“No Carol Queen videos back then.”
“No Tristan Taormino guides to anal pleasure.”
“No.  This was in the early 1980s, before the outbreaks that came to be known as AIDS.  I love Bend Over Boyfriend, and I’ve learned a lot from it.  There were no sex-positive educational videos back then, only plain porn.” [1]
“Did this anal sex have a good effect on your rectal ecosystem?” I teased.
“Good question.  I’m not sure,” G giggled.  “The system worked quite well then: I was young and of course everything about good health seemed easy.  But over the years, staying in good health became more difficult.  It required more effort.  And as I became more holistic, I started to relate to my ass as an erogenous area on a regular basis.  I invited partners to stimulate it, and often did it myself.  It was now an area where I regularly experienced pleasure.   That helped me feel good about my gut and keep its elimination function active even when I had not yet found the right diet yet.”
“What kind of diet would that be?” I probed.
“Well, you know.  I don’t use medicines, and so I rely on nutrition to regulate my health.  My food is my medicine, and I stay tuned to the ecosystemic needs of my body.  Now I do mostly raw foods, and also, often, liquid foods, including juice fasting periods to detox the system.”
“So, do you get an anal orgasm when you have a bowel movement?” I asked, curious.
“Uh?” Giggled G. “Not quite an orgasm, dear.  But a sense of pleasure.  And you?”
“Me too.  I like to feel my gut active in its metabolic function.  I feel connected to it.  I integrate it in my holistic sexual health maintenance,” I offered.
“Good.  And what about anal sex?  Do you enjoy it too?”
“I do.  But in moderation.  And only when I’m very aroused in a natural way and with a lover who is very, very careful about me.”
“Right,” G approved, blissful.
“So, when you heard about AIDS Dissidence, did it ring a bell for you?” I asked.
“Of course it did, and I’ll tell you all about it in a few days.”

[1] Carol Queen.  Bend Over Boyfriend.  N.P. N.D.

Disclaimer:  This Tale does not constitute medical advice in any way.  Readers are invited to consult their own healers and health care providers.
Please follow and like us:

A Gut Feeling – Part # 5 – From The G Tales

 A Gut Feeling:  Anal Pleasure, Holistic Sexual Health, and Interpretations of AIDS
Serena Anderlini-D’Onofrio
Part # 5 
“We were talking about AIDS Dissidence and why it rang a bell for you when you first heard,” I said when G and I connected again.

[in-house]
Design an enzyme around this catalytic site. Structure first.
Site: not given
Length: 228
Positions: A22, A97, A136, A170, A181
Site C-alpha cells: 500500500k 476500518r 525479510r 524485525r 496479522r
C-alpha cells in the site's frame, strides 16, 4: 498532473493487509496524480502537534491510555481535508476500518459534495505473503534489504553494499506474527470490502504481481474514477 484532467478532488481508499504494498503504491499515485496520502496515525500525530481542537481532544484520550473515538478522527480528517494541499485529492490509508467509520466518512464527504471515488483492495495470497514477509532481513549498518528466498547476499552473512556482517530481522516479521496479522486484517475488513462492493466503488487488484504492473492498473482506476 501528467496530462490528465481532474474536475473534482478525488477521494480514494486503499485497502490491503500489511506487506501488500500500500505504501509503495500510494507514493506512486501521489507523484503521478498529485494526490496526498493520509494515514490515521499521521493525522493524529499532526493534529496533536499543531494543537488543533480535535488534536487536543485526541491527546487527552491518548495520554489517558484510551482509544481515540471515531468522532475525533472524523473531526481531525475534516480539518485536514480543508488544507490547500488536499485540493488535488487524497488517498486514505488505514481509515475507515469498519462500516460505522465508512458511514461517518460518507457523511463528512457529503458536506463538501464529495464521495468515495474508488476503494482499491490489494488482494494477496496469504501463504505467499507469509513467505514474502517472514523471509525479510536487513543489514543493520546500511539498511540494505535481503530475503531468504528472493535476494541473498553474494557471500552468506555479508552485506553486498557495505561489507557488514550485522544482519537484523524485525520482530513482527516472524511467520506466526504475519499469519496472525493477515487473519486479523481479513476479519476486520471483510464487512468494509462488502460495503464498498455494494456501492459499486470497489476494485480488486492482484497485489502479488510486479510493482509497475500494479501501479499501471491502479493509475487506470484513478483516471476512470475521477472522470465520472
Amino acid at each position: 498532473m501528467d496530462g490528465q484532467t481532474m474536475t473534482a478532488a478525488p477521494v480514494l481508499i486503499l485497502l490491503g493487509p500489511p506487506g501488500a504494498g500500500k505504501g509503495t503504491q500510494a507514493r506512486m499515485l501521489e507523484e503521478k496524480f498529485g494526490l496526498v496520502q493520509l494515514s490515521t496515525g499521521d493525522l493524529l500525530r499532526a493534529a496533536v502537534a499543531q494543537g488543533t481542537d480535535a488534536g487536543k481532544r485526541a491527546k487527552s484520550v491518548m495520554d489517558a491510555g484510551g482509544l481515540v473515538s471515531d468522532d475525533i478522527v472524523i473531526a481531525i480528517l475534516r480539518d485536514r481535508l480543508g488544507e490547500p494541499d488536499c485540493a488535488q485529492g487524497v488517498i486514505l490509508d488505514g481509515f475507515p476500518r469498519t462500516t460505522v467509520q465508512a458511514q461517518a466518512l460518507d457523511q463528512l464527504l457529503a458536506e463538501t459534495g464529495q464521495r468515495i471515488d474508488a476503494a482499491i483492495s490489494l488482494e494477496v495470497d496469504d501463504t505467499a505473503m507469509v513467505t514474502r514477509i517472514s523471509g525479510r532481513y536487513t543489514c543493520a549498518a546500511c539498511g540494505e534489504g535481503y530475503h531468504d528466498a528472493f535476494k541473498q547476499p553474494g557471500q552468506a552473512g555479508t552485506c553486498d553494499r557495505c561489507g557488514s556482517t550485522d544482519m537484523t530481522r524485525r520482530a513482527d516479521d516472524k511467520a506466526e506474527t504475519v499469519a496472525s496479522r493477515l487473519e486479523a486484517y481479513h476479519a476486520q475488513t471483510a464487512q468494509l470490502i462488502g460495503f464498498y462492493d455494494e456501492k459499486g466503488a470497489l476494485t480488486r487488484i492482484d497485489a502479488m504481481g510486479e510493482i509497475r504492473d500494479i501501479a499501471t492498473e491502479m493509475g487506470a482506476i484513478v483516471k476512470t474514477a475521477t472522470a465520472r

“Of course it rang a bell,” G replied, convinced.  “I didn’t jump to conclusions, though.  Scientists of the highest reputation were now saying HIV was not a problem.  I tend to respect research independent of pharmaceutical companies.  But I would typically play it safe, just in case.  What about you?”
“In many ways I did the same.  I still rarely fluid bond.  For one thing, not all lovers really inspire one to do so.  Many have fluid-bonded partners of their own, and one would have to negotiate with them.  Nonetheless, the ideas of the dissenters helped to keep my focus on the strength of my immune system,” I offered. 
“Over the years, I’ve navigated the AIDS era as a sexually active bi woman with multiple partners and with a taste for the richness of anal pleasure.  My immune system has maintained its function thoroughly thanks to the holistic health practices I chose more that two decades ago.”
“We’ve done well,” I concurred.  The suddenly my mood changed.   G must have felt it. 
“What are you thinking?” she asked, perplexed.    
“This seems all well and good–but I’m not sure I can go along with the political implications,” I replied, nervous. 
“What do you mean?” G inquired, alarmed,
“Well, put yourself in the shoes of a gay man like Tony Lance, for example.  Do you realize what it means for him to be ‘telling’ on his people?  To spread the word to ‘straights’ that what gay men did in bed back then made them sick–not a bad bug?”
“Oh, I know what you mean.  That’s how his first video begins.  He explains how difficult it is to be a gay man, a ‘poz’ person, and a dissident–all at once.  It gives you a community of ‘zero’ people, he says.”
“Right.  Are your surprised?”